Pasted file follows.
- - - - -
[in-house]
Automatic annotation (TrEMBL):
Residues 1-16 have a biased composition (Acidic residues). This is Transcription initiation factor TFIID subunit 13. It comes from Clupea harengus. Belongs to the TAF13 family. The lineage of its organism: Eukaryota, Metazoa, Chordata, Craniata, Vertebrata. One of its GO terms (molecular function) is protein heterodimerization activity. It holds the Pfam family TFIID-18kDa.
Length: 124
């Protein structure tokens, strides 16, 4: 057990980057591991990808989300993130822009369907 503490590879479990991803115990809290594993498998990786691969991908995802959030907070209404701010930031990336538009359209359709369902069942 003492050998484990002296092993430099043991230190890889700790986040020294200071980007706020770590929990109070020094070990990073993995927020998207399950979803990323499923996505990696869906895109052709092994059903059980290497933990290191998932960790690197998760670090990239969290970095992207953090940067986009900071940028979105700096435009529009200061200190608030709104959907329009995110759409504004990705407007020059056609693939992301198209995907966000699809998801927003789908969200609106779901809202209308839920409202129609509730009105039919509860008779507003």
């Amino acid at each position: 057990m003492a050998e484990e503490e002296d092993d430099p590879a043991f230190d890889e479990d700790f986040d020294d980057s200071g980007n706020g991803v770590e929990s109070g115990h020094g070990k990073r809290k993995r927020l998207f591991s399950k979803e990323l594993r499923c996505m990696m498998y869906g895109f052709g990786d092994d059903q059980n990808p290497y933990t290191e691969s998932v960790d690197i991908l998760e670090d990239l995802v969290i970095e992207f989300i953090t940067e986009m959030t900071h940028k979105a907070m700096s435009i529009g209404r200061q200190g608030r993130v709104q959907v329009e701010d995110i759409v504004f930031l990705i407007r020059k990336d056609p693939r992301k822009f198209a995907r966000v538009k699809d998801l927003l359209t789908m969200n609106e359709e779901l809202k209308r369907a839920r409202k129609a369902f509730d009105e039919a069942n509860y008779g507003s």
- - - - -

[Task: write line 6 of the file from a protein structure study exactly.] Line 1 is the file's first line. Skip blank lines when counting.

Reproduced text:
């Amino acid at each position: 057990m003492a050998e484990e503490e002296d092993d430099p590879a043991f230190d890889e479990d700790f986040d020294d980057s200071g980007n706020g991803v770590e929990s109070g115990h020094g070990k990073r809290k993995r927020l998207f591991s399950k979803e990323l594993r499923c996505m990696m498998y869906g895109f052709g990786d092994d059903q059980n990808p290497y933990t290191e691969s998932v960790d690197i991908l998760e670090d990239l995802v969290i970095e992207f989300i953090t940067e986009m959030t900071h940028k979105a907070m700096s435009i529009g209404r200061q200190g608030r993130v709104q959907v329009e701010d995110i759409v504004f930031l990705i407007r020059k990336d056609p693939r992301k822009f198209a995907r966000v538009k699809d998801l927003l359209t789908m969200n609106e359709e779901l809202k209308r369907a839920r409202k129609a369902f509730d009105e039919a069942n509860y008779g507003s």